The second thing we had on our side is an understanding of exactly which VCs to target. It’s important to stay up to date with who is meeting with who, pay attention in the data rooms, and check out the financial models being proposed. All of that is key to having your proposal extremely well-organized—which is very valuable because it shows empathy for the investors. You need to provide everything they need to make a good decision as to whether to invest in your company or not.
In our case, I actually relocated to Silicon Valley for three weeks. I had about 30 meetings lined up, and I met personally with everyone. I told them that I’d be returning to Toronto in a few weeks, but that in the meantime I would make myself as available as they needed. When I flew back, I already had a few offers from companies including Google and iNovia as a part of our A-round.
Q. How is your product different from the Google search engine?
Google is an incredible tool for searching for general interest documents by keyword. But it doesn’t understand scientific concepts, understand the relationship between biological entities, have access to non-public data, or display results the way scientists want to see them. BenchSci, on the other hand, uses machine learning, bioinformatics, closed-access scientific papers, and the display of scientific figures to provide a tool specifically for biologists. If you search for “mouse antibody” on Google, for example, you’ll get a Wikipedia entry. If you search for “mouse antibody” on BenchSci, you’ll get published figures for antibodies from a mouse host that you can then filter by 16 experimental variables.
Q. Based on the experience you’ve had with this venture. What is the most challenging aspect of getting a high-tech start-up off the ground?
Every start-up has its own challenges, and in each case, there are many. I think the most important thing to remember is that you only need one Yes. It really doesn’t matter how many No’s you get; at the end of the day, you just need one person out of a hundred to say Yes. To get through this, we had to have conviction, perseverance and an amazing work ethic. That’s what helps you achieve success. It’s a very tough business and you’re meeting people who may not see the world in the same way you do. You need to accept that not everything is a good fit.
Q. When we did our seed round, it was way more difficult than our A round. I think we met with a hundred VC’s, and we only got one Yes.
That’s why you can never give up; you have to have conviction. Even if someone says ‘No thanks, that is a stupid idea, it’s never going to work’, you can’t let other people challenge your confidence and your belief in the company.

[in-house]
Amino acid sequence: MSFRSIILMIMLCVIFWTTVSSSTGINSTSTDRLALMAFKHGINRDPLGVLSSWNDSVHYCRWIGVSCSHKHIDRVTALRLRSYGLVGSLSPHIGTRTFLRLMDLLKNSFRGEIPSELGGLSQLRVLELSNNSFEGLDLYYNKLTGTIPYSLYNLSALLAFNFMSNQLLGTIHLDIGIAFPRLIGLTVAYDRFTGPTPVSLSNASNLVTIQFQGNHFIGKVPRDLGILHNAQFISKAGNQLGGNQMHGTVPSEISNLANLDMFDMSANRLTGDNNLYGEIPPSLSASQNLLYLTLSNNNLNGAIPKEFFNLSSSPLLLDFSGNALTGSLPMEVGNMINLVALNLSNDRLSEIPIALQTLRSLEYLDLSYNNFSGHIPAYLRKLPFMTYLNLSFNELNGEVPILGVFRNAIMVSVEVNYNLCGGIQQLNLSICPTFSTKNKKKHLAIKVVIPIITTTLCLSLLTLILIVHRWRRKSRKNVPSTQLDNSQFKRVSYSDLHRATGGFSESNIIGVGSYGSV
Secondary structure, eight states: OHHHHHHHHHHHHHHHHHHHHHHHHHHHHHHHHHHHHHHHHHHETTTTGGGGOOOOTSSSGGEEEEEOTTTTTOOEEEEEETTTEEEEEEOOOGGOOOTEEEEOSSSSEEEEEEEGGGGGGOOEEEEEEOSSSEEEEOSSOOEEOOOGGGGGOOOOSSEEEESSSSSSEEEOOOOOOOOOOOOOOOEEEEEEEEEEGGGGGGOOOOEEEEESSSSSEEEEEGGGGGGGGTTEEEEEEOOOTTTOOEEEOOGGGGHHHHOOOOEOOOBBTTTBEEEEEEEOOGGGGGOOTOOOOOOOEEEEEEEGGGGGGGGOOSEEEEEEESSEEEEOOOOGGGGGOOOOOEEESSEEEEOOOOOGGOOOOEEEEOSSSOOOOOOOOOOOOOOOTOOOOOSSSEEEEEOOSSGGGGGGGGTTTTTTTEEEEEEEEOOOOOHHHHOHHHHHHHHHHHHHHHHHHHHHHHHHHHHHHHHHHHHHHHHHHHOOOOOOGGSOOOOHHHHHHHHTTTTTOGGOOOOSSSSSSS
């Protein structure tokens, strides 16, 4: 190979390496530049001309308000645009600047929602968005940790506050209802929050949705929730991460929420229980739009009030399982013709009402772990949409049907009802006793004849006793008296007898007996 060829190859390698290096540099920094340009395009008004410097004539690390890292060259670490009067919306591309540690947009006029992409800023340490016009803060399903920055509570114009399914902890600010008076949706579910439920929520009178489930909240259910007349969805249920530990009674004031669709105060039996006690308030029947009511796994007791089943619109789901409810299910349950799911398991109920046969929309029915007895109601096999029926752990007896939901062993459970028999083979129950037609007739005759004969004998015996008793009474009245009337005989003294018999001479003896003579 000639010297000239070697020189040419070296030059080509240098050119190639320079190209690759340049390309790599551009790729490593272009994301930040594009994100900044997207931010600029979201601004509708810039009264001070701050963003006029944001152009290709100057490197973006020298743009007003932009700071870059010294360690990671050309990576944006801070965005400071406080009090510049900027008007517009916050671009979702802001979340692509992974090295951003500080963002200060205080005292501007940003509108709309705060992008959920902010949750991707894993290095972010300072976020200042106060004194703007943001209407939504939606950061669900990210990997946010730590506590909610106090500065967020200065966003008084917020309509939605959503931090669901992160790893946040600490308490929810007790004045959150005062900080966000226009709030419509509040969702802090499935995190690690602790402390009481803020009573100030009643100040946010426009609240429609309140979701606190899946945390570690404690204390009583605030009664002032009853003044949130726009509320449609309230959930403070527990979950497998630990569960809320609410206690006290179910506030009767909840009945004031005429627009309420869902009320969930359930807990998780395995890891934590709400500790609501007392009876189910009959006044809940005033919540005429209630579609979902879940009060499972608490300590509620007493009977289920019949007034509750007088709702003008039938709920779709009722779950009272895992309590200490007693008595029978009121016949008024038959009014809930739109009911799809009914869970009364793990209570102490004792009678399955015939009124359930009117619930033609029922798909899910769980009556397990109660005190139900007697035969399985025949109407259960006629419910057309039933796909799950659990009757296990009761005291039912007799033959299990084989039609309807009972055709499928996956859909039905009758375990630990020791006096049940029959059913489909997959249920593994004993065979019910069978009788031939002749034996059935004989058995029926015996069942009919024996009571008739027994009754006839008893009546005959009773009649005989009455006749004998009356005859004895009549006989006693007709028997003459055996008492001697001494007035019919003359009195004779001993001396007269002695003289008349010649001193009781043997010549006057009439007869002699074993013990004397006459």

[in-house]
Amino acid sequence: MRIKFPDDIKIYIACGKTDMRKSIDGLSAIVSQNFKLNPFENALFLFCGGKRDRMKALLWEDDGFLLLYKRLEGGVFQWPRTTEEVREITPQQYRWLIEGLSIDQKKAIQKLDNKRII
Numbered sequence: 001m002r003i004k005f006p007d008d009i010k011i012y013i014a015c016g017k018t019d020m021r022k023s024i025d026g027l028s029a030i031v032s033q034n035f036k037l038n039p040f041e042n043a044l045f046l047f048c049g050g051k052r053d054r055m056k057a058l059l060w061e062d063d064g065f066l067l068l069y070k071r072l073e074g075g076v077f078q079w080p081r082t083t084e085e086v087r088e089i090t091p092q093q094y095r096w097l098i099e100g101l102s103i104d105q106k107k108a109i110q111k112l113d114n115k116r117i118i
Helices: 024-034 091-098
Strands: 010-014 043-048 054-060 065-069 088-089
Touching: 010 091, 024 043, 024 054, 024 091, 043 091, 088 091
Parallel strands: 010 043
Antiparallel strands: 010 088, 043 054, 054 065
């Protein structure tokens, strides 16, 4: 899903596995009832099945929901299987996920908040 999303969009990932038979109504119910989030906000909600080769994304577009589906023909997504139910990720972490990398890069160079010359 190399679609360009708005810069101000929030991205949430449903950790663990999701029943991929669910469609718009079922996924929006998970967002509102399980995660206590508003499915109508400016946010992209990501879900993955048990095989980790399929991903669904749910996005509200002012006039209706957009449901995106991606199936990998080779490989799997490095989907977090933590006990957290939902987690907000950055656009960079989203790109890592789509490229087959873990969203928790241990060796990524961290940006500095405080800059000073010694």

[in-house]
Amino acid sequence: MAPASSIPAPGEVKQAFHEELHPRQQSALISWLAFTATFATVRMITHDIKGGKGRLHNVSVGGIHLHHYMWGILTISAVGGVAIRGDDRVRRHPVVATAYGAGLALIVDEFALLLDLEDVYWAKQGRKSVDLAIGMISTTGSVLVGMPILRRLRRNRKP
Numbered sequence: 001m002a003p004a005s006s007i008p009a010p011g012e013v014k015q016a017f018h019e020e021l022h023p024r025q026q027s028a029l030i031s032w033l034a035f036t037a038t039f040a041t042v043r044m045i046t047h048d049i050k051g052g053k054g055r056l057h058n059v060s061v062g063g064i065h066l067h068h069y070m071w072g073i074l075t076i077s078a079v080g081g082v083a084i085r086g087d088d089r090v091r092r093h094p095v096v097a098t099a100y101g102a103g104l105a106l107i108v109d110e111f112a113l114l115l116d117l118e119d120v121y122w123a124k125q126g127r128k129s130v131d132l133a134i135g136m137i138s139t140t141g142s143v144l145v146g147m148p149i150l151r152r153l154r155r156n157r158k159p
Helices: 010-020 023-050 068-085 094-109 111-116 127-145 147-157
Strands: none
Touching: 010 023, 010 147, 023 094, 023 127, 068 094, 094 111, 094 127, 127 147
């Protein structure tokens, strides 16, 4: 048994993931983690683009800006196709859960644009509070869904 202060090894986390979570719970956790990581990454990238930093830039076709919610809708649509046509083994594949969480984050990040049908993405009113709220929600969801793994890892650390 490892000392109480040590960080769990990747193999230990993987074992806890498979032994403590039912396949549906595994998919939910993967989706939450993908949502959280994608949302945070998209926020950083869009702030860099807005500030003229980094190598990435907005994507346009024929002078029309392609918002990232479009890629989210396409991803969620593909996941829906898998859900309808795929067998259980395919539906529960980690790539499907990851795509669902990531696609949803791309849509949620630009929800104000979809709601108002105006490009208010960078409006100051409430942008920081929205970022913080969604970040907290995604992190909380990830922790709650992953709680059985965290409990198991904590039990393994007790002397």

You and your team have created around $30 million dollars in equity value, in less than three years. Looking ahead, what is the plan for BenchSci in the next few years?
We really want to go as far as we can. This may sound a bit grandiose, but we are trying to build the greatest Canadian success story in history. That’s why we raised money from top VCs like iNovia and Google. We have big dreams and we’re working really hard to accomplish them.
Q. When did you first know that you’ve wanted to pursue entrepreneurship?
I’ve always been interested in entrepreneurship. When I was doing my undergrad in Israel, I started a company and sold it before I moved to Canada. Entrepreneurship is something that has always been around me. My dad has had a small business since I was around 10, and my brother also had a start-up.
I love the challenge of it; I love the freedom; and I love to create. Also, importantly, I can deal with the stress. I did my service in the Israeli army, and as a result I can definitely deal with the stress levels that come with entrepreneurship. This vocation fits well with the environment, values and culture that I grew up in.
Q. What would you say is your unique combination of skills that got you to where you are today?
At the risk of repeating myself, I’d say perseverance, conviction—and a really strong work ethic.
Liran Belenzon is the Co-Founder and CEO of Benchsci, whose mission is to decode the world’s biological data to reduce the time, uncertainty, and cost of biomedical research.
[This article has been reprinted, with permission, from Rotman Management, the magazine of the University of Toronto’s Rotman School of Management]